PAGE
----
By Wang Yusheng
US President George W. Bush will meet Russian President Vladimir
Putin at Kennebunkport's Village Green on Sunday.
It will be the latest in a series of meetings between senior US
and Russian government officials, which has been ongoing since
Following visits to Moscow by Defense Secretary Robert Gates and
Secretary of State Condoleezza Rice, the two countries' defense and
foreign ministers may also meet this autumn - the so-called 2+2
format - with their national security advisers likely to sit in as
Moreover, the Russian government has stated repeatedly it has no
intention to fight a "new Cold War" with the US and emphasized the
need for the two nations to create a new "pattern of equal
Meanwhile, Gates and Rice reiterated more than once that
US-Russia relations do not suggest a "new Cold War", although
bilateral ties are at a complicated and difficult juncture. Rice
went so far as to say the US is trying its best to "maintain a
reciprocal relationship" with Russia.
All this constitutes the positive side of the US-Russia ties. Or
it can also be seen as the highlight. If both sides are serious and
match their words with moves, it will no doubt help improve
bilateral relations and benefit the greater environment of world
peace and development.
Noteworthy, however, is that Assistant Secretary of State for
European and Eurasian Affairs Daniel Fried said recently: "We do
not want a weak Russia. But a strong Russia must be strong in 21st
century, not 19th century terms."
As positive, mild and reasonable as they sound, these words come
with a but that is hard to ignore: It should be a Russia of the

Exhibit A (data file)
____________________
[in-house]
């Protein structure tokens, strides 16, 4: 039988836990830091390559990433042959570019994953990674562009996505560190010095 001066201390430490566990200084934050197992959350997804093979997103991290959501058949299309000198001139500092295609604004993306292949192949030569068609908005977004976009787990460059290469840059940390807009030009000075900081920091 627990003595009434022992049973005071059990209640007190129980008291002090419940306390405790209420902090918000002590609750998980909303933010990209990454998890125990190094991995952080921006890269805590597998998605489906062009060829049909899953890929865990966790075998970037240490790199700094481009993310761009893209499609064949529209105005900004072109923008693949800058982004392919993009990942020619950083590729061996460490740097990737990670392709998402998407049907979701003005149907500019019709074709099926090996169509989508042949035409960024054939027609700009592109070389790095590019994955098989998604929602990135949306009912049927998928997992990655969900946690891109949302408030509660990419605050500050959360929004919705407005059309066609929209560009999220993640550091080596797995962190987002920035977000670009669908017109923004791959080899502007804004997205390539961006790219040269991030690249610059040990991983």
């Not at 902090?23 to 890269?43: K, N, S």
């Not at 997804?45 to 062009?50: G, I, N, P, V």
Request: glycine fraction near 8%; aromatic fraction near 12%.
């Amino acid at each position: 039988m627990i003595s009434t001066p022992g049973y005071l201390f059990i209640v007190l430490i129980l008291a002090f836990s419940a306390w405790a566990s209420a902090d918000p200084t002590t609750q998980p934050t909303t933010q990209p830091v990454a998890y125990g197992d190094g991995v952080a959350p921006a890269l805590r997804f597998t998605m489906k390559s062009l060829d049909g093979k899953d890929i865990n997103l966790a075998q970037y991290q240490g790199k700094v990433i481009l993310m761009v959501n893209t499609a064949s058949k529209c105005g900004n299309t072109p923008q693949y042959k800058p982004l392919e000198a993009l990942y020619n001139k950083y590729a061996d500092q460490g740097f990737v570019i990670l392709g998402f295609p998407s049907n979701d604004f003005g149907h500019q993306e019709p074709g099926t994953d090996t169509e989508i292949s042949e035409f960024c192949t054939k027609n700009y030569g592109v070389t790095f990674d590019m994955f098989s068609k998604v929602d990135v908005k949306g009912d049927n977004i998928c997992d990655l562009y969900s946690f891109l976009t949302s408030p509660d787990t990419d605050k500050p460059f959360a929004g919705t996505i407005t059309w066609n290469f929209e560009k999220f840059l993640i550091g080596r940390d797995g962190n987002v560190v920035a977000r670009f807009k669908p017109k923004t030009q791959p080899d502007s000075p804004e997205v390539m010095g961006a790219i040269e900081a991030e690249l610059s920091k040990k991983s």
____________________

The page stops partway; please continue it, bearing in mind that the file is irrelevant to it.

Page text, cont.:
21st century instead of the one back in the Russian Empire era or
the Soviet era.
The first half of this premise is undoubtedly correct; to a
certain extent, President Putin seems to have answered this
question already. When commenting on some Russians' nostalgic
longings, Putin once mused: "Those who do not lament the
disintegration of the Soviet Union must have lost their conscience;
those who want to go back to old Soviet Union must have lost their
Profound and thought-provoking words, indeed.
Now there is a question: What exactly is a Russia of the 21st
Obviously, in America's dictionary, the most important
definition is that, first of all, the 21st must be a singularly
dominant American century, an era of world peace under US rule,
where Russia is allowed to be strong but only plays a supporting
role and must forget about standing head to head with the US.
Second, America's security is absolute; it can spread its safety
net right outside Russia's front door or in its backyard and the
latter has no veto power over it.
Third, the US can plant its "potatoes of democracy" anywhere it
wants, including Russia's neighbors and even inside Russia and make
sure they take root and flourish. Russia's so-called "sovereign
democracy" is backing away from democracy.
Russia is a rising major power and a quite confident one at
In Russia's dictionary a Russia of the 21st century apparently
has multiple definitions, of which the most important is, first of
all, it should be a powerful and confident Russia that is getting
stronger every day; and it should be one of the key driving forces
behind positive changes in the world. It can and needs to cooperate
with the US, but will not follow US orders like a lowly
Second, Russia will keep going along the road of sovereign
democracy and will not recognize nor accept America's potatoes of
democracy. It hates to see the US planting those potatoes of
democracy everywhere, especially in its neighbors' lands.
Third, Russia must protect its nuclear security interests
militarily or geopolitically speaking. And it is extremely
difficult for Moscow to allow the US to spread its safety net
outside Russia's front door.
It is not hard at all to see in these two different dictionaries
that the Russia America wants is not what Russia has in mind, nor
is it realistic. And the Russia of the 21st century that Russia
wants to be is not what the US is looking forward to and is in fact
unacceptable to Washington. This is actually the root cause of
recent strategic scratches and verbal fire exchanges between the
It is a good thing for the two nations to maintain high-level
dialogue, which can help improve bilateral ties. However, if they
do not try hard enough to find a "dictionary" acceptable to both
sides, such strategic scratches or bumper benders are unlikely to
rule out and even become more frequent and serious in nature.
The author is a Beijing-based researcher on international
(China Daily June 28, 2007)